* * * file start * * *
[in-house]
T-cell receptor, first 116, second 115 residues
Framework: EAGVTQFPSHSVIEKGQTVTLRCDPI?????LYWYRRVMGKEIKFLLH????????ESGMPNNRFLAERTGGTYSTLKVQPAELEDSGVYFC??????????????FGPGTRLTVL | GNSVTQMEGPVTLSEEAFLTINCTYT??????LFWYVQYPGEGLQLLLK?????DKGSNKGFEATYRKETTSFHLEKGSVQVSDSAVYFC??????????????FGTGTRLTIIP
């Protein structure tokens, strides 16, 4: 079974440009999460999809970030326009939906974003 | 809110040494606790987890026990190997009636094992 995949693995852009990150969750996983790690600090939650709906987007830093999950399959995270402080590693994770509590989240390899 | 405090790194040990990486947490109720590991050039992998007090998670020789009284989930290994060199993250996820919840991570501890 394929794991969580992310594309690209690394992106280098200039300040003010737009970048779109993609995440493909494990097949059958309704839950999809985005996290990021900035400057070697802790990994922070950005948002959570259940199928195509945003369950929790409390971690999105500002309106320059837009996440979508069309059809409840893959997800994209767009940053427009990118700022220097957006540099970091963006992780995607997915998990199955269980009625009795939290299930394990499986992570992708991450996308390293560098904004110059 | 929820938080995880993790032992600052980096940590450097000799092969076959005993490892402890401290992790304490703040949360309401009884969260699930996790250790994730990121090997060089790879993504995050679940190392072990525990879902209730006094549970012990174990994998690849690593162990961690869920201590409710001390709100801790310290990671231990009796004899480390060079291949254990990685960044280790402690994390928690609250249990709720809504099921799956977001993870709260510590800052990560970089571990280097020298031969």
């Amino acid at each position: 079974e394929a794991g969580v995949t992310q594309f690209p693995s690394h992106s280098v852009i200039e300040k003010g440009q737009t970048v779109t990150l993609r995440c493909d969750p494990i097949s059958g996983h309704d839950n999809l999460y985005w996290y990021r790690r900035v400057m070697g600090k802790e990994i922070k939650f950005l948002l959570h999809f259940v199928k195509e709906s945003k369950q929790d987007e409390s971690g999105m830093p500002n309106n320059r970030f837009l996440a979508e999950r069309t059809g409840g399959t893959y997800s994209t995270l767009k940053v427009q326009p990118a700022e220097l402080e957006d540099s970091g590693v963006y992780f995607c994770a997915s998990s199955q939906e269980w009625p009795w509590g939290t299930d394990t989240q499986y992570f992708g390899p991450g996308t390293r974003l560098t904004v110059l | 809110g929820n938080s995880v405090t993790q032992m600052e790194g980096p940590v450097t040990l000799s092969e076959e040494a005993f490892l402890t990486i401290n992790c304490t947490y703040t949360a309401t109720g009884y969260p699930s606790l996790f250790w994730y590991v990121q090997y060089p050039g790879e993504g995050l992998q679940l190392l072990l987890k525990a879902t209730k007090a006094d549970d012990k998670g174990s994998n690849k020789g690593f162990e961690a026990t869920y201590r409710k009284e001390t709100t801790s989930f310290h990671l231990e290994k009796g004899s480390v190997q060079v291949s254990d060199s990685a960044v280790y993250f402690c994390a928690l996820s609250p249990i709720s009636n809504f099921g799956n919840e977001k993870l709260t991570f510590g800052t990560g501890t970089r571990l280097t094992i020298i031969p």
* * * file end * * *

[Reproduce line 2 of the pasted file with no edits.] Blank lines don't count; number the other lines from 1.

T-cell receptor, first 116, second 115 residues